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The old cat 988b clearing land for new fencelines on the cattle station in Australia.

Discussion in 'Showtime!' started by ajginger, Sep 6, 2020.

  1. ajginger

    ajginger Well-Known Member

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  2. John C.

    John C. Senior Member

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    That's kind of a novel use for the old machine. Nice work with the video editing as well.
     
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  3. Tags

    Tags Senior Member

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    Nice video, love the angle with the camera mounted on the bucket!
     
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  4. Tugger2

    Tugger2 Senior Member

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    Nice work with that loader. Just a bit scary with those dead snags.It cost me a broken window in my loader doing that. A wheel loader is such a handy piece of equipment for much more than loading trucks.
     
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  5. kshansen

    kshansen Senior Member

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    And when you put it in high gear it sure moves faster than the 988B's we had at the quarry!:eek:

    By the way do you ever get rain there? Sure looks dry and if this is a cattle ranch what do they eat, don't look like anything growing there, other than dead or soon to be dead trees and brush!
     
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  6. ajginger

    ajginger Well-Known Member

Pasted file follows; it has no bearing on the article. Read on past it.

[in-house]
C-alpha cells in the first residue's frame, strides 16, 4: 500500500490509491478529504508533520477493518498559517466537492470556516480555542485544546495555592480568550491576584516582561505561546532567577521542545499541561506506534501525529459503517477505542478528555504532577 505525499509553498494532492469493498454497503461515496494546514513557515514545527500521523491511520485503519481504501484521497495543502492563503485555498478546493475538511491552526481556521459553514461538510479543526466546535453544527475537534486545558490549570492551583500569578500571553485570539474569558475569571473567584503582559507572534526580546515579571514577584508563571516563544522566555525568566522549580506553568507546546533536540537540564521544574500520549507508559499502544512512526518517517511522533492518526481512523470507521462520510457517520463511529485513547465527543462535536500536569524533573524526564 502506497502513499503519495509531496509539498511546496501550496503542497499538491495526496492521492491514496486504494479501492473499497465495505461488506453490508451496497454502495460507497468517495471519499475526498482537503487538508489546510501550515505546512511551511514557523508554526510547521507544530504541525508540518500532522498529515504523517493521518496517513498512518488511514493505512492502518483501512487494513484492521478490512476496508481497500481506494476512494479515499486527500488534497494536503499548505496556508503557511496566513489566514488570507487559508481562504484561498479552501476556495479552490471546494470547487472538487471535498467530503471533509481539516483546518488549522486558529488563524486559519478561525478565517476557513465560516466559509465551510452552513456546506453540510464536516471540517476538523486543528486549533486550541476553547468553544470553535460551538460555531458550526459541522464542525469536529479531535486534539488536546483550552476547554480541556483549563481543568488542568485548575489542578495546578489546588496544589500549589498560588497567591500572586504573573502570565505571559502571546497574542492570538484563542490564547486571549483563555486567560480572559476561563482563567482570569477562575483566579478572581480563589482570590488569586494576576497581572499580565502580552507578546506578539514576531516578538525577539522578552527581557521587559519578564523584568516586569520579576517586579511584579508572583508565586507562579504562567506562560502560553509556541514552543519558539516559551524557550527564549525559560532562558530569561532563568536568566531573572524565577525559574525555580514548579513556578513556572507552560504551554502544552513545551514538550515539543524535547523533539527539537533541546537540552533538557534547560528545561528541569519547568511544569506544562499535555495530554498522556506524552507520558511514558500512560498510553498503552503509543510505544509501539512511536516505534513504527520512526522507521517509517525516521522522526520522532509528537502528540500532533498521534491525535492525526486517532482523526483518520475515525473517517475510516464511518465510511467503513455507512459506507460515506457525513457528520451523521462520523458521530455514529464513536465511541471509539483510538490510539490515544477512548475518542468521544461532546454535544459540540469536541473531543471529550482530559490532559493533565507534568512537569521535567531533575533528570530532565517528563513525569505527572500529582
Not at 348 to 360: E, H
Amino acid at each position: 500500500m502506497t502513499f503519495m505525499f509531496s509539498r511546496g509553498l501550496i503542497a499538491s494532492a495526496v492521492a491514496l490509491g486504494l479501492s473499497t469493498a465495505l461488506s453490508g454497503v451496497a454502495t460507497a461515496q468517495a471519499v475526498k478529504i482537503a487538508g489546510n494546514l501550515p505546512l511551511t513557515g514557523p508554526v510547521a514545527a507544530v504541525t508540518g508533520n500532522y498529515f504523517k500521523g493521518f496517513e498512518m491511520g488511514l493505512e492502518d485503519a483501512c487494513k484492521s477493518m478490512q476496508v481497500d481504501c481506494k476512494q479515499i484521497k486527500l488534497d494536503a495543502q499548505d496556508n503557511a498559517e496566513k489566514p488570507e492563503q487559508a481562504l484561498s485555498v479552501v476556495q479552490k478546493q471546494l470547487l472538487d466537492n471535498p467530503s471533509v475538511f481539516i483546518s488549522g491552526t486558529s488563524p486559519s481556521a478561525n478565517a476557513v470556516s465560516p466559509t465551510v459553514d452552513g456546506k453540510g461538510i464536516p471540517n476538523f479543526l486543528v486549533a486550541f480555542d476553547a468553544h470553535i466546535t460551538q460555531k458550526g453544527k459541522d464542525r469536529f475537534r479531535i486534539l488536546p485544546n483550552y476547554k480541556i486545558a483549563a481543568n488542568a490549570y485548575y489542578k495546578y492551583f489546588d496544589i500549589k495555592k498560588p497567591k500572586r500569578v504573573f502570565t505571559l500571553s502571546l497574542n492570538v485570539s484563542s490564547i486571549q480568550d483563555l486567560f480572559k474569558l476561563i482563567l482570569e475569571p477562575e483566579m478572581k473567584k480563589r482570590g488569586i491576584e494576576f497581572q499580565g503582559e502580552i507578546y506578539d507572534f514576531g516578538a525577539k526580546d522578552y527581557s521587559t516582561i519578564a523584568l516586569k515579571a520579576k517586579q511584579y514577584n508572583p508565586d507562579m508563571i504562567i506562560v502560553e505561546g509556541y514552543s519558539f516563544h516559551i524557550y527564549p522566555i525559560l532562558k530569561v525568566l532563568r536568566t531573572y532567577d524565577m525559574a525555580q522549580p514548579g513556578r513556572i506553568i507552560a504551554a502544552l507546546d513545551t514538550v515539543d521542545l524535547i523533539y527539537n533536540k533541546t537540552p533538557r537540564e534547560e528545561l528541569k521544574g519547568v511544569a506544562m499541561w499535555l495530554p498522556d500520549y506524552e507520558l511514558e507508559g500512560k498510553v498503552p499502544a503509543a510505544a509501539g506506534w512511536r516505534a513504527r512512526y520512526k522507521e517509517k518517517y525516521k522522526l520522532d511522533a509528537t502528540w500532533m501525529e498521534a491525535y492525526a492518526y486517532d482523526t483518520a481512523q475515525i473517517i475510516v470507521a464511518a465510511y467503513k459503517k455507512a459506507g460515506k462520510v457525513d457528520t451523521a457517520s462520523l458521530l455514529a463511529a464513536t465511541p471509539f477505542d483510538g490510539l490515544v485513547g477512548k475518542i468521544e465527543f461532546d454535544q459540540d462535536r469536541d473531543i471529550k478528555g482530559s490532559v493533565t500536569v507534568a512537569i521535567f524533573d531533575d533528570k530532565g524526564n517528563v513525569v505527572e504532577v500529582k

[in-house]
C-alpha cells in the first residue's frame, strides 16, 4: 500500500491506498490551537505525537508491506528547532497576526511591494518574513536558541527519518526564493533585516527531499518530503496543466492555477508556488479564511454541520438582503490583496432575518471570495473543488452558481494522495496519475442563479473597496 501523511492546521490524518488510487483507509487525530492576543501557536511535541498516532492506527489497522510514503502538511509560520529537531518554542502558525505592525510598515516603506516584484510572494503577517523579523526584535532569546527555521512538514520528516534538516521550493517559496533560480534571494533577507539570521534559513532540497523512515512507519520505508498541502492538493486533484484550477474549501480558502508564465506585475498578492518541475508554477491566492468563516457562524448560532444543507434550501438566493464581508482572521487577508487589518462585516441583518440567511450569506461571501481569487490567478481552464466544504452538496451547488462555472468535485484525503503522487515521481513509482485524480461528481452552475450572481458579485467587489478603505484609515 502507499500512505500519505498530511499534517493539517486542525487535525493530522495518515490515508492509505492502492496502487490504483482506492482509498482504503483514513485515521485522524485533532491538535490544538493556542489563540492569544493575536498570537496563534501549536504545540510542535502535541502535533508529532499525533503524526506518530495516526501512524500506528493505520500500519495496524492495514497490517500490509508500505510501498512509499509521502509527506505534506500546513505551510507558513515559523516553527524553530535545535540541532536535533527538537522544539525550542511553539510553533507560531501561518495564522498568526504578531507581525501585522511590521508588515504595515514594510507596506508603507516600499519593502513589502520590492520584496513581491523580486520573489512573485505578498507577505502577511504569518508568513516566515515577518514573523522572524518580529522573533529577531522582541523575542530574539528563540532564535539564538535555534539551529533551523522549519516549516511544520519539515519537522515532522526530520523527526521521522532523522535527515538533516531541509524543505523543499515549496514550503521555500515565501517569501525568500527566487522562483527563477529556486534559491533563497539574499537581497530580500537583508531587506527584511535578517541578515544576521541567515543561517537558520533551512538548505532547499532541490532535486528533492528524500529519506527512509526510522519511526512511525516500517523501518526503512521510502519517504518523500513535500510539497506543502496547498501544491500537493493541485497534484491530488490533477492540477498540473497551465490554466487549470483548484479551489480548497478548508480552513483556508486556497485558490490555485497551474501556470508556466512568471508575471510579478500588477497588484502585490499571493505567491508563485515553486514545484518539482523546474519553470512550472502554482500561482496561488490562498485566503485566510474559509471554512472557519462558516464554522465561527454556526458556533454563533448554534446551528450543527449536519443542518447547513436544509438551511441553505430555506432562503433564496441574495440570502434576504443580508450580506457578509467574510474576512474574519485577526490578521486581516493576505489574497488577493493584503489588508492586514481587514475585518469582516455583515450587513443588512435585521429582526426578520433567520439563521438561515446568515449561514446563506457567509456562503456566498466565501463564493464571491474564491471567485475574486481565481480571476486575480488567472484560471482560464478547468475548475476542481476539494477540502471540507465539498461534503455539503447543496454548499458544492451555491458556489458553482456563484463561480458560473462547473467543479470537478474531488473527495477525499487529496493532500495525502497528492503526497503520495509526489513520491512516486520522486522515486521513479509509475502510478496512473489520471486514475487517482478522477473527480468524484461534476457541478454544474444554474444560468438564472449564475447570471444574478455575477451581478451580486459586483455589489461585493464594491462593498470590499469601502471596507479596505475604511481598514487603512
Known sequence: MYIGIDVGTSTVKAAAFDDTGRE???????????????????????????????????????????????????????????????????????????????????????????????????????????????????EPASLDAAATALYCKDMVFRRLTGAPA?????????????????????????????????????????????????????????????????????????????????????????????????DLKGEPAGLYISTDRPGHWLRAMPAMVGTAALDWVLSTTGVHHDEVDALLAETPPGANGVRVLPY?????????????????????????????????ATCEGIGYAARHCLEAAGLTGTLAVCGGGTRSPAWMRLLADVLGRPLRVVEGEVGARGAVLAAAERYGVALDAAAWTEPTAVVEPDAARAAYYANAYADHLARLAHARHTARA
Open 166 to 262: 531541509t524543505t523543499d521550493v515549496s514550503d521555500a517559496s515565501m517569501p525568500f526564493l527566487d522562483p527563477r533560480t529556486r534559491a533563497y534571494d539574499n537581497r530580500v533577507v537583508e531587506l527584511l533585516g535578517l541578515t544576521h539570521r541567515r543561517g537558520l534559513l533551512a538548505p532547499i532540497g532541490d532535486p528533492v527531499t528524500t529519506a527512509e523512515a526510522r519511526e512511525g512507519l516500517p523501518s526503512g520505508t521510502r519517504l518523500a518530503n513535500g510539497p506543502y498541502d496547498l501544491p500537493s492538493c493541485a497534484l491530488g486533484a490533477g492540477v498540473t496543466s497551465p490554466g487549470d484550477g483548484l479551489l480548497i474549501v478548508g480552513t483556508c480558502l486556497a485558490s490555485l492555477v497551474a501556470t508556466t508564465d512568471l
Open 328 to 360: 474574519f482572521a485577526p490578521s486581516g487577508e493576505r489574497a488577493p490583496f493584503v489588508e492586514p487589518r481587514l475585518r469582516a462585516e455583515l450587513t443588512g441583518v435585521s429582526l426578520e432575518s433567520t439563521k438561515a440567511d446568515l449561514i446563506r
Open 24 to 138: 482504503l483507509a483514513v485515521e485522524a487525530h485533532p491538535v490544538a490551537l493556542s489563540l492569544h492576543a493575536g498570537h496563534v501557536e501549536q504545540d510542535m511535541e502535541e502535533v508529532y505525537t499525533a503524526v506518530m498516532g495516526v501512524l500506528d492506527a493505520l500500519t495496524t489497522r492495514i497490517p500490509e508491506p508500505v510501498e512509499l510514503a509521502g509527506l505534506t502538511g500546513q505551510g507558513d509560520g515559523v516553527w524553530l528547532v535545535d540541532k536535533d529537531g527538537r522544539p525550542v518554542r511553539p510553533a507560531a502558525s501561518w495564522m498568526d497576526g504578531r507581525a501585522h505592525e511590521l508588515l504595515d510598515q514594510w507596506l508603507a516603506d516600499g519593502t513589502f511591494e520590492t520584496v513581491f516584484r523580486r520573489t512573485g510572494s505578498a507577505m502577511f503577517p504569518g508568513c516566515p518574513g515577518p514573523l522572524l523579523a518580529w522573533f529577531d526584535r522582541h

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    Yes I imagine thats how the windscreen glass was broken by a previous owner.
    If you just let her roll into a tree, the sheer weight causes the tree to explode with limbs and bits of wood coming down over the cab.

    If I were to do a lot of this kind of work with it, I would try to get a 25 foot long stickrake for it and build a scrub screen for the cab.
     
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  7. ajginger

    ajginger Well-Known Member

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    In this part of Australia we get rain on and off at the start of the year from Jan - end of march ( wet season ) then its common to go 5-8 months at a time with no rain so things get quite dry.

    All the woody vegitation that grow here is well adapted to dry climate and can go years without much rain. The cattle actually do quite well out here but you need plenty of land for them. This property is around 80,000 acres ( 125 square miles ) and can safely carry around 2000 - 2,500 head of cattle depending on the season.

    There is grass but the trees/scrub stops it growing unless it is thinned out.
     
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  8. Tugger2

    Tugger2 Senior Member

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    I load about 5yards of brush on the forks of my 910 and pack it to the burn pile. I had a small stump roll off and back down the boom onto my windshield , but still havent built some jailhouse bars yet just being more careful. Gotta break 2 or 3 windshields to smarten up.